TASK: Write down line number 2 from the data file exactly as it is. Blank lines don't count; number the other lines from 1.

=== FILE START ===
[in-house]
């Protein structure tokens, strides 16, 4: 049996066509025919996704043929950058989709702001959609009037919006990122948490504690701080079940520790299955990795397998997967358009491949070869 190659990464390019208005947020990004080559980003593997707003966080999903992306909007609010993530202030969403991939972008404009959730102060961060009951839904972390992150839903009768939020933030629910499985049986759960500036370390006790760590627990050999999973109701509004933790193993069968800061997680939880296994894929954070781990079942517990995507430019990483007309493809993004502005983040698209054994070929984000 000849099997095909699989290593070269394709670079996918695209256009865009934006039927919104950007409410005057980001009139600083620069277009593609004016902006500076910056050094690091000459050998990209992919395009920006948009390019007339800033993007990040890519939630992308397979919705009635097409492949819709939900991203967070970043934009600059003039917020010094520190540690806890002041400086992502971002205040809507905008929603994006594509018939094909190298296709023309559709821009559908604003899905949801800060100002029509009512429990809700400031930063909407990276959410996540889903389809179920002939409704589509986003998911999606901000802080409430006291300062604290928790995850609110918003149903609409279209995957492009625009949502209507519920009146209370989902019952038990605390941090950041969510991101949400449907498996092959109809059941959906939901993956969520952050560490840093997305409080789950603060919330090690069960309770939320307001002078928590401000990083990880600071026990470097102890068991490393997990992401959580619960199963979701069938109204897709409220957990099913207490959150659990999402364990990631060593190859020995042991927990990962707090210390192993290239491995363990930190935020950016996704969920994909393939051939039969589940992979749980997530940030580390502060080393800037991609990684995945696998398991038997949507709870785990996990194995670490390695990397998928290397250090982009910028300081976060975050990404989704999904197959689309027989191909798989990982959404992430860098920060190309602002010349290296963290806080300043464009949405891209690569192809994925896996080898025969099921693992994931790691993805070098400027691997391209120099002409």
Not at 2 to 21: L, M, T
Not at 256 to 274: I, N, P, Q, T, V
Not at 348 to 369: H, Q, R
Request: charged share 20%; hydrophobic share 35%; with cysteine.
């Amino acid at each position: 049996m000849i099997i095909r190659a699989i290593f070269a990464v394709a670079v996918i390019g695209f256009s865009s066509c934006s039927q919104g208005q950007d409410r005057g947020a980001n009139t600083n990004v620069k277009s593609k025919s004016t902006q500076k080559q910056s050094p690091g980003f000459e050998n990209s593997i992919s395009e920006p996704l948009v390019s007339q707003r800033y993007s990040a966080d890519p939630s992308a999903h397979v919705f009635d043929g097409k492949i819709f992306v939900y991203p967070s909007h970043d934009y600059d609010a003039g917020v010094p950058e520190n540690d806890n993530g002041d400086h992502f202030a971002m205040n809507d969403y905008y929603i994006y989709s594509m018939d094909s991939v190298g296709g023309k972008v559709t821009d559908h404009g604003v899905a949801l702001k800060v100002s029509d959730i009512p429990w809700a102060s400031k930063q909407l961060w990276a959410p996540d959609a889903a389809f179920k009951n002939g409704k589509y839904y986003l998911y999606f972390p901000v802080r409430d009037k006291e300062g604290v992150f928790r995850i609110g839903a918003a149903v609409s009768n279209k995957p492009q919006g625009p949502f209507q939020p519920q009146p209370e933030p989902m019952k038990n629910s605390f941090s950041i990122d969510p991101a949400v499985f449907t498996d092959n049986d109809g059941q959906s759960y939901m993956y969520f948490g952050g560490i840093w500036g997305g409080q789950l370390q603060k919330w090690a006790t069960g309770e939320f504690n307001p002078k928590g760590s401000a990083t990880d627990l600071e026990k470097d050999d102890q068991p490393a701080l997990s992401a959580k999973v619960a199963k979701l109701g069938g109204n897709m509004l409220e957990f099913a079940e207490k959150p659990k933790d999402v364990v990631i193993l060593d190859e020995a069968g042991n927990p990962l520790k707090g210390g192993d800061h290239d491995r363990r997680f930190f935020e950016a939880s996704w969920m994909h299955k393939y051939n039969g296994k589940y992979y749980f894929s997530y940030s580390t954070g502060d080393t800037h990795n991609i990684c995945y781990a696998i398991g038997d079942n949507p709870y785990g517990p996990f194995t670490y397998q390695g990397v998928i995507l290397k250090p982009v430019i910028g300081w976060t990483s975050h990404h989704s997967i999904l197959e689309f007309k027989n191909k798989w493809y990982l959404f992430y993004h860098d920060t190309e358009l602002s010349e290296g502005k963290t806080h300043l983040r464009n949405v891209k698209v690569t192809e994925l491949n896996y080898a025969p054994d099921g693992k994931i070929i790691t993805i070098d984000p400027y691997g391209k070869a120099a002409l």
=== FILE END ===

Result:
């Protein structure tokens, strides 16, 4: 049996066509025919996704043929950058989709702001959609009037919006990122948490504690701080079940520790299955990795397998997967358009491949070869 190659990464390019208005947020990004080559980003593997707003966080999903992306909007609010993530202030969403991939972008404009959730102060961060009951839904972390992150839903009768939020933030629910499985049986759960500036370390006790760590627990050999999973109701509004933790193993069968800061997680939880296994894929954070781990079942517990995507430019990483007309493809993004502005983040698209054994070929984000 000849099997095909699989290593070269394709670079996918695209256009865009934006039927919104950007409410005057980001009139600083620069277009593609004016902006500076910056050094690091000459050998990209992919395009920006948009390019007339800033993007990040890519939630992308397979919705009635097409492949819709939900991203967070970043934009600059003039917020010094520190540690806890002041400086992502971002205040809507905008929603994006594509018939094909190298296709023309559709821009559908604003899905949801800060100002029509009512429990809700400031930063909407990276959410996540889903389809179920002939409704589509986003998911999606901000802080409430006291300062604290928790995850609110918003149903609409279209995957492009625009949502209507519920009146209370989902019952038990605390941090950041969510991101949400449907498996092959109809059941959906939901993956969520952050560490840093997305409080789950603060919330090690069960309770939320307001002078928590401000990083990880600071026990470097102890068991490393997990992401959580619960199963979701069938109204897709409220957990099913207490959150659990999402364990990631060593190859020995042991927990990962707090210390192993290239491995363990930190935020950016996704969920994909393939051939039969589940992979749980997530940030580390502060080393800037991609990684995945696998398991038997949507709870785990996990194995670490390695990397998928290397250090982009910028300081976060975050990404989704999904197959689309027989191909798989990982959404992430860098920060190309602002010349290296963290806080300043464009949405891209690569192809994925896996080898025969099921693992994931790691993805070098400027691997391209120099002409």